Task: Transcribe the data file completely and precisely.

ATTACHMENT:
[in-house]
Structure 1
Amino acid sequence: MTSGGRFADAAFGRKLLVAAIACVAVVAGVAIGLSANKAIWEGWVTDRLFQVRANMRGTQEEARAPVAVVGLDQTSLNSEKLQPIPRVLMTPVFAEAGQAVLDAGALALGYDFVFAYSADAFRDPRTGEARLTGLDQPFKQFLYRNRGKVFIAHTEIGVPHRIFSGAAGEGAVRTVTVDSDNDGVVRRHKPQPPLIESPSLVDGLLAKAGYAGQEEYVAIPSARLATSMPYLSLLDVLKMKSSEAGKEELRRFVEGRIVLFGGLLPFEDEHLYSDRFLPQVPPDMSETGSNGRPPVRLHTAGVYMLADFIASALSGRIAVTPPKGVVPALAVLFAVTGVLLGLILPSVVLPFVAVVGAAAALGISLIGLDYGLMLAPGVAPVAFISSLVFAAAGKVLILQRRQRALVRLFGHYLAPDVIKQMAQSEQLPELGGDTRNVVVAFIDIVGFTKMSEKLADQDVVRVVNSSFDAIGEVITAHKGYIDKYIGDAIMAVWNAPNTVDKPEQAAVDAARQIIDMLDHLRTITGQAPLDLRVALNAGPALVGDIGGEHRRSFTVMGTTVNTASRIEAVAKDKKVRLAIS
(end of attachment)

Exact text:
[in-house]
Structure 1
Amino acid sequence: MTSGGRFADAAFGRKLLVAAIACVAVVAGVAIGLSANKAIWEGWVTDRLFQVRANMRGTQEEARAPVAVVGLDQTSLNSEKLQPIPRVLMTPVFAEAGQAVLDAGALALGYDFVFAYSADAFRDPRTGEARLTGLDQPFKQFLYRNRGKVFIAHTEIGVPHRIFSGAAGEGAVRTVTVDSDNDGVVRRHKPQPPLIESPSLVDGLLAKAGYAGQEEYVAIPSARLATSMPYLSLLDVLKMKSSEAGKEELRRFVEGRIVLFGGLLPFEDEHLYSDRFLPQVPPDMSETGSNGRPPVRLHTAGVYMLADFIASALSGRIAVTPPKGVVPALAVLFAVTGVLLGLILPSVVLPFVAVVGAAAALGISLIGLDYGLMLAPGVAPVAFISSLVFAAAGKVLILQRRQRALVRLFGHYLAPDVIKQMAQSEQLPELGGDTRNVVVAFIDIVGFTKMSEKLADQDVVRVVNSSFDAIGEVITAHKGYIDKYIGDAIMAVWNAPNTVDKPEQAAVDAARQIIDMLDHLRTITGQAPLDLRVALNAGPALVGDIGGEHRRSFTVMGTTVNTASRIEAVAKDKKVRLAIS